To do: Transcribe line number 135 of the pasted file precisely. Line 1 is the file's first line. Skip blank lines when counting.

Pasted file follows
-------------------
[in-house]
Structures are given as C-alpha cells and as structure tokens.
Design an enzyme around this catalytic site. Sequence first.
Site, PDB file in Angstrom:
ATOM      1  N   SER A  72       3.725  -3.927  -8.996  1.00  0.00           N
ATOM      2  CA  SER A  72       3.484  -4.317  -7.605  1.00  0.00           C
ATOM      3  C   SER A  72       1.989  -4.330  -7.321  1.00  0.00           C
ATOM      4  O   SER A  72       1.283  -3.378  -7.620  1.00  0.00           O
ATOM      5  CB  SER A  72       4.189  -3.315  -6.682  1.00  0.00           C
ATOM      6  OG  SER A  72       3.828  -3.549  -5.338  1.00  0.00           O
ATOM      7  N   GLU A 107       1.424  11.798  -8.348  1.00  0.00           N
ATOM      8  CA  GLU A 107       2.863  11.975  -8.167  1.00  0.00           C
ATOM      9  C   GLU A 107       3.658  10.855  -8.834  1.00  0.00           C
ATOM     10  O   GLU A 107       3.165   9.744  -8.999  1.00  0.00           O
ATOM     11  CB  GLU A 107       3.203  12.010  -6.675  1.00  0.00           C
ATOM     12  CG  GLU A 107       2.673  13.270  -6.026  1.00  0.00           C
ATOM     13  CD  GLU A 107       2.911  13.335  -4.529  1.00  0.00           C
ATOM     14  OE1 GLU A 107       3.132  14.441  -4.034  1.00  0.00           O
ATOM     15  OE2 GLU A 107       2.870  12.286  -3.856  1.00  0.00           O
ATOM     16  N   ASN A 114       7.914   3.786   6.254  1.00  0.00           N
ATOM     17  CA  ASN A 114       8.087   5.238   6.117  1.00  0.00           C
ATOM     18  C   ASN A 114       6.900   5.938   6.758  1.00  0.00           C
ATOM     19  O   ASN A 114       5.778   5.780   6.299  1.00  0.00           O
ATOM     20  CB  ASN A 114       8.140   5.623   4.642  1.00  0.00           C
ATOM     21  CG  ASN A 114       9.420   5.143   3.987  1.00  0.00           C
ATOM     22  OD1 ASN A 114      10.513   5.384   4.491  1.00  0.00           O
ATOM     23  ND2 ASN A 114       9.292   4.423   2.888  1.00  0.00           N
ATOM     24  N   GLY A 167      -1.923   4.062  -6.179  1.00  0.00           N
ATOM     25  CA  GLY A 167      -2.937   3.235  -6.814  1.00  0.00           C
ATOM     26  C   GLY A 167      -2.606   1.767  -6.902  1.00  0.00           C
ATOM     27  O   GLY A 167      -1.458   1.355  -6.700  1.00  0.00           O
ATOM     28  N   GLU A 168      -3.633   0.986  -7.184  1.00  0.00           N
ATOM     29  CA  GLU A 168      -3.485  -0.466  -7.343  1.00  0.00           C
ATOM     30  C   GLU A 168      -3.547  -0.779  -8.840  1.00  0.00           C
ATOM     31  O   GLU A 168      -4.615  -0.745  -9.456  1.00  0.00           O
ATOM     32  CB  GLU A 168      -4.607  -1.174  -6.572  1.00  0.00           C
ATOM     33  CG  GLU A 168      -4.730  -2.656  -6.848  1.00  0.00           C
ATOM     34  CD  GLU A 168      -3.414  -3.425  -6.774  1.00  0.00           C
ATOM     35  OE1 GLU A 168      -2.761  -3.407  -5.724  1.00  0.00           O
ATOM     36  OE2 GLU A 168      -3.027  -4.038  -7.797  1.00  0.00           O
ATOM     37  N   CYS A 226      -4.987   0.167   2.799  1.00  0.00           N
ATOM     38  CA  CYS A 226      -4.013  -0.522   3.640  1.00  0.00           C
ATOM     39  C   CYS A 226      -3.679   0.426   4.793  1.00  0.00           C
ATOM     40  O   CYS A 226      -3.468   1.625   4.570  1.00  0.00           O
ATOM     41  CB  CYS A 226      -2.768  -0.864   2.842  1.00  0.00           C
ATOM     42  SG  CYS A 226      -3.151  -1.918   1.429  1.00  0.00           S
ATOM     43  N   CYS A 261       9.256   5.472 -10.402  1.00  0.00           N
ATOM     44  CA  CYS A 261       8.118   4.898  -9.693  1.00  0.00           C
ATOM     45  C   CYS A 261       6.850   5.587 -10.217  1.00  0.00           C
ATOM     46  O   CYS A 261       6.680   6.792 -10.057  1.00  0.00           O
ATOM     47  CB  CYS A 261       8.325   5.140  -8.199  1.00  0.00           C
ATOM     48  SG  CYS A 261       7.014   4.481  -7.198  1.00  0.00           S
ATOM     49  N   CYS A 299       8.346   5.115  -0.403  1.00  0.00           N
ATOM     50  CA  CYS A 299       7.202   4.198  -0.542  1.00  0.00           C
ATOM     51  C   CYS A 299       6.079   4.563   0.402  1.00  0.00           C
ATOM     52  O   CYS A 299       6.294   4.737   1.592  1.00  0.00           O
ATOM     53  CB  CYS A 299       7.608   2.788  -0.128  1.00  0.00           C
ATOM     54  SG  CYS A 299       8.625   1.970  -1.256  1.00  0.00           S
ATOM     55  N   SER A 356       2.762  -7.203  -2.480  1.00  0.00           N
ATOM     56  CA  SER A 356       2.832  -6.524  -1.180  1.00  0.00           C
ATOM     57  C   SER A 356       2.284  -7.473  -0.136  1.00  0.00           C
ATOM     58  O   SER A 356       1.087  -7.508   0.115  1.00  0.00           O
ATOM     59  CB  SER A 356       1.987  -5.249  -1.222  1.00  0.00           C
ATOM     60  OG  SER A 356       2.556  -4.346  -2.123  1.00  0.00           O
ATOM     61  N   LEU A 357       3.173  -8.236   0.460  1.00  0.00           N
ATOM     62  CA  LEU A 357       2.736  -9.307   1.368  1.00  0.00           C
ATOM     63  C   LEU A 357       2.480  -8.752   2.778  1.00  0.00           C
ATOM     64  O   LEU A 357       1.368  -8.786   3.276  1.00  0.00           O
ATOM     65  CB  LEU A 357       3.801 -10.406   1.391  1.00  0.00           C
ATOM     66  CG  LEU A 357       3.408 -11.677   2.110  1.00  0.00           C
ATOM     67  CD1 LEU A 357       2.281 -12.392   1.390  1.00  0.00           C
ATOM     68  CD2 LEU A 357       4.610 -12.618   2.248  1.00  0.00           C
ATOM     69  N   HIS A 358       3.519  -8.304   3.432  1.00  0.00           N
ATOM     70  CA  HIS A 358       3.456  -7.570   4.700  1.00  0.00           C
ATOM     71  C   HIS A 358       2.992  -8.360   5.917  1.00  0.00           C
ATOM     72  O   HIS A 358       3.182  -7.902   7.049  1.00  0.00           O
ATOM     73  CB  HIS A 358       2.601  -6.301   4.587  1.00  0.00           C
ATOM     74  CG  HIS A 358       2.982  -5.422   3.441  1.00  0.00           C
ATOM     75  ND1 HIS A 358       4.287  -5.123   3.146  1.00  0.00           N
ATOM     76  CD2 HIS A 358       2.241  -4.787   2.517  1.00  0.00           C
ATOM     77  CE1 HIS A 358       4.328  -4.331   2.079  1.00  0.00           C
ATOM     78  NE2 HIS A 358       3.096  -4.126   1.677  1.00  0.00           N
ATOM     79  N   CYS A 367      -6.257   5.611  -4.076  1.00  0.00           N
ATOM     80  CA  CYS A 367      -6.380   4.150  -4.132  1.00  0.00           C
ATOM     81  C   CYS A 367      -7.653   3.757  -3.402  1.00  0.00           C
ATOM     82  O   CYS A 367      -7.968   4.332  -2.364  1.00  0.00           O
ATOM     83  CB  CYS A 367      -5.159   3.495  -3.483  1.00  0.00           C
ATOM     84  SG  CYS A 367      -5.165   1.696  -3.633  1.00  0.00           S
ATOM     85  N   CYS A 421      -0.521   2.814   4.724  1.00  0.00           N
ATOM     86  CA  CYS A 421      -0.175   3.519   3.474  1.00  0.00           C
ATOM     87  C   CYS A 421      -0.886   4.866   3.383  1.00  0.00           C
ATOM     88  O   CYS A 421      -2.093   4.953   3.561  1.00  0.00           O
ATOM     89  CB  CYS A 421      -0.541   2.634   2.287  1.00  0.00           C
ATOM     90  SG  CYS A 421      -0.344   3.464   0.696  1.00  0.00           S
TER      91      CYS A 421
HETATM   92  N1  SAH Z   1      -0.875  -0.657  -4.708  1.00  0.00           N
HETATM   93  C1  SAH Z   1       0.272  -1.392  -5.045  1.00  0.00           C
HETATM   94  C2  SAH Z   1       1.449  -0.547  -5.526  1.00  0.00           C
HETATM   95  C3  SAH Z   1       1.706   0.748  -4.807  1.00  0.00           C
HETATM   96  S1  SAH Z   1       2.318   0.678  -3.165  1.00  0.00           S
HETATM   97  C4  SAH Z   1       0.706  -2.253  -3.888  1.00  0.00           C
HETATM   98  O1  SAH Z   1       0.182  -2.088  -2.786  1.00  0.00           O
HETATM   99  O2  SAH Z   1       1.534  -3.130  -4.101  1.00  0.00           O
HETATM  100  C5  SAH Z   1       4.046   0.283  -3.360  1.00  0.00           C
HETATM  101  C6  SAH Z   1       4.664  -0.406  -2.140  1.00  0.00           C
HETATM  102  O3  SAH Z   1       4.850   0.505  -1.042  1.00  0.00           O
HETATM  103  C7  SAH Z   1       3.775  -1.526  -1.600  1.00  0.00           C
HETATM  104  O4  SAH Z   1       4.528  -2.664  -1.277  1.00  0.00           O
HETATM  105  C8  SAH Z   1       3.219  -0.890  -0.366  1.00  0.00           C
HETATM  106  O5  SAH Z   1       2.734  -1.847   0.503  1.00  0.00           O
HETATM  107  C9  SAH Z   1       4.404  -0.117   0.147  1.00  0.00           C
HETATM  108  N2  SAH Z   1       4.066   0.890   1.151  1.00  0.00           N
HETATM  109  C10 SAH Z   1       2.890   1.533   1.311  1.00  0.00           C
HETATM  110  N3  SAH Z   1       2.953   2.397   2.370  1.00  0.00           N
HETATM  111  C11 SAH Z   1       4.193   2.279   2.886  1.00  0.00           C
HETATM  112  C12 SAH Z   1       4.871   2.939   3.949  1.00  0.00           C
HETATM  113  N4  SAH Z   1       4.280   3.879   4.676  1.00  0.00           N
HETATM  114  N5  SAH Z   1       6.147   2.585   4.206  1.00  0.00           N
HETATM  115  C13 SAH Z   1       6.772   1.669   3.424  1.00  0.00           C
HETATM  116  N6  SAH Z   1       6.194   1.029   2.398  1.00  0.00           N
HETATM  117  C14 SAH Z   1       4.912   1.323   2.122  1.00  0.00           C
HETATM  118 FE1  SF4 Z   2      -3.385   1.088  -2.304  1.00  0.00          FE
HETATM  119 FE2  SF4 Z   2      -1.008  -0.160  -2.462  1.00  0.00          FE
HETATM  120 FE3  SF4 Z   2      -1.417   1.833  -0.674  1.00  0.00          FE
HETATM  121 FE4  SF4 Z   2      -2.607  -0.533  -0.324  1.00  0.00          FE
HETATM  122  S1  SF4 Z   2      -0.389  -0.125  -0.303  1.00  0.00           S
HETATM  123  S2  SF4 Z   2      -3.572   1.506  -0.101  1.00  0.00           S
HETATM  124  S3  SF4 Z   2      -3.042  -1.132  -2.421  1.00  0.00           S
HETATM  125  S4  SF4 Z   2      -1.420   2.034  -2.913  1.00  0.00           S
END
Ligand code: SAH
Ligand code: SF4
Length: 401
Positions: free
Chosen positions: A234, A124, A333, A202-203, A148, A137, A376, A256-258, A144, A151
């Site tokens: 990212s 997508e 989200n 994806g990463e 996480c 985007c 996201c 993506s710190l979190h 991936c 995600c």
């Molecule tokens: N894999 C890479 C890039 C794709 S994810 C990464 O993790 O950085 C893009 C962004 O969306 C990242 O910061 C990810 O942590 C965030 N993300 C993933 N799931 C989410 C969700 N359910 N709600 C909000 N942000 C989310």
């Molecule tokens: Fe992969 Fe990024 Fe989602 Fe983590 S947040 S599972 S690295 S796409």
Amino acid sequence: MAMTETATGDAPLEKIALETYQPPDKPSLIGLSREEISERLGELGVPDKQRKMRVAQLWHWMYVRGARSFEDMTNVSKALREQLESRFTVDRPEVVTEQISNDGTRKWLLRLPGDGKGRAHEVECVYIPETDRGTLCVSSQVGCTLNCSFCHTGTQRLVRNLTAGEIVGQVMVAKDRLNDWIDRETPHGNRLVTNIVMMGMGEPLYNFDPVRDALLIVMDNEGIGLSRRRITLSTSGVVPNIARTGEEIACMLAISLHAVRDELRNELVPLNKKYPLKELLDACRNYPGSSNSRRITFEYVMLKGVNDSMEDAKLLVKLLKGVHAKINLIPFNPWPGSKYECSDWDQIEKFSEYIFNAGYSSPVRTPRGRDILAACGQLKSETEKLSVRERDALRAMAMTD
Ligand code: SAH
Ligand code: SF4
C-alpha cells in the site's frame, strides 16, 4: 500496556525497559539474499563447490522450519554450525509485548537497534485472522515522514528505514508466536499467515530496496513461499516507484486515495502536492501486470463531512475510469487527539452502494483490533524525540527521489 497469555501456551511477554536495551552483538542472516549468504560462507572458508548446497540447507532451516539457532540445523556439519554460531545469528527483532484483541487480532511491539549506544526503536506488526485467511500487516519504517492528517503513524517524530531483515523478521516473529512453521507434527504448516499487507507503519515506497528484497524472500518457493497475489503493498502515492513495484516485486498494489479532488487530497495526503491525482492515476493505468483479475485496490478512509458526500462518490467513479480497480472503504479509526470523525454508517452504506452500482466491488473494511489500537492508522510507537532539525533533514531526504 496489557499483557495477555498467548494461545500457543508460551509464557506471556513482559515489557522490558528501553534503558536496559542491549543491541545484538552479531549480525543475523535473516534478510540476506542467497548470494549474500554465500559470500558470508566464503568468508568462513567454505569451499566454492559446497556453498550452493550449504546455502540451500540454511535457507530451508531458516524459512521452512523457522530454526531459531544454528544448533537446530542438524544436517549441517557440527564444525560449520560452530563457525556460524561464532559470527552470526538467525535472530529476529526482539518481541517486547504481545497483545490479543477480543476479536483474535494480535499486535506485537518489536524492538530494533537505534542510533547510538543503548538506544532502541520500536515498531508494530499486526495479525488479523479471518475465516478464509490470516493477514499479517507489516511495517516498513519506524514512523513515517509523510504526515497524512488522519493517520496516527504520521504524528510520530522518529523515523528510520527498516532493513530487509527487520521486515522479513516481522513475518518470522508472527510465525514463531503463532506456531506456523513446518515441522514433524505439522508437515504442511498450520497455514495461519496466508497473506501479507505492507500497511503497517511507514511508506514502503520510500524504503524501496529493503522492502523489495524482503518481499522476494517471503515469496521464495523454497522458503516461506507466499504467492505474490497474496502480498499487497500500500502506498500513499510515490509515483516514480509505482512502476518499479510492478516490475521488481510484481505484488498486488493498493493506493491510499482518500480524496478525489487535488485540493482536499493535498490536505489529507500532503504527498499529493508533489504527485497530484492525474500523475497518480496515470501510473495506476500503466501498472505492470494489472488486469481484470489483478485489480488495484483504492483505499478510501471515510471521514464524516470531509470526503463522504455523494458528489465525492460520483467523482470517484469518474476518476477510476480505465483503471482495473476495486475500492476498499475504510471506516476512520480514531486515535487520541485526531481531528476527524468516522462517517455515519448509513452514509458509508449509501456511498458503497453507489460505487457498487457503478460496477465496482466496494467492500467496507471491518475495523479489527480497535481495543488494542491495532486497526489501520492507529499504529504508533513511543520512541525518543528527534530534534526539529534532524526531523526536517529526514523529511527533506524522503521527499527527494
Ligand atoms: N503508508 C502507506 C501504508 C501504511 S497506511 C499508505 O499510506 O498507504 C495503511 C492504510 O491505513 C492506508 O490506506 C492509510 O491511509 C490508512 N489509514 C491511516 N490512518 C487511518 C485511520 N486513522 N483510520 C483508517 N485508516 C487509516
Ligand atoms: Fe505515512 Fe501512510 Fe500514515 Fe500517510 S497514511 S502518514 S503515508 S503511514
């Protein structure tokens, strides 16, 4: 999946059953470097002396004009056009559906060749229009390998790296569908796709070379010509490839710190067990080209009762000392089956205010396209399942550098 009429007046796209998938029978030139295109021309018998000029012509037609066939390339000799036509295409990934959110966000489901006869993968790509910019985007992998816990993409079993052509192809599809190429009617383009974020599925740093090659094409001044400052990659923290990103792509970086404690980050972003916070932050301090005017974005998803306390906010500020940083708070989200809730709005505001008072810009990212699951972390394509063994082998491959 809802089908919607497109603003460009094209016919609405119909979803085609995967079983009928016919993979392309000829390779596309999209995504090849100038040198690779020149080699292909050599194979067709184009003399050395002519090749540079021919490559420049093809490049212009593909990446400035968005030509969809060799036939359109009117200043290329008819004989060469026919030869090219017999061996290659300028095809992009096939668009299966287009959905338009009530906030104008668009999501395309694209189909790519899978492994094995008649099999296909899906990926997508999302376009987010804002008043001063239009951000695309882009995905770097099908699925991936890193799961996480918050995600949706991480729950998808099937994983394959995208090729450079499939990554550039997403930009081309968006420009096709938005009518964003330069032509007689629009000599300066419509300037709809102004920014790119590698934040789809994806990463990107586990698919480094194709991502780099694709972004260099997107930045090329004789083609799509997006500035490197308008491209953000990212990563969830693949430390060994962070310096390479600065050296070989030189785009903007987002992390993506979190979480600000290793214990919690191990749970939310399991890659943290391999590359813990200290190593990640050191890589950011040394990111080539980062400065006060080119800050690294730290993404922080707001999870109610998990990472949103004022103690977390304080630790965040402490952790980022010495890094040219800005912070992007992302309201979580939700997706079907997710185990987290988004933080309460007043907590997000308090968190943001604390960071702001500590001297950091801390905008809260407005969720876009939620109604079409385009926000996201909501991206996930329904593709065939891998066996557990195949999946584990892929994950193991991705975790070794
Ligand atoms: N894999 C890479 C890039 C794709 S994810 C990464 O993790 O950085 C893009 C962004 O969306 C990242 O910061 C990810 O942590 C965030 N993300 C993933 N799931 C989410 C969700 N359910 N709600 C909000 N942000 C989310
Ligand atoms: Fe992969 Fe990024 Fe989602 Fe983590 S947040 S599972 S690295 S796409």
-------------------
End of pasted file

Chosen positions: A234, A124, A333, A202-203, A148, A137, A376, A256-258, A144, A151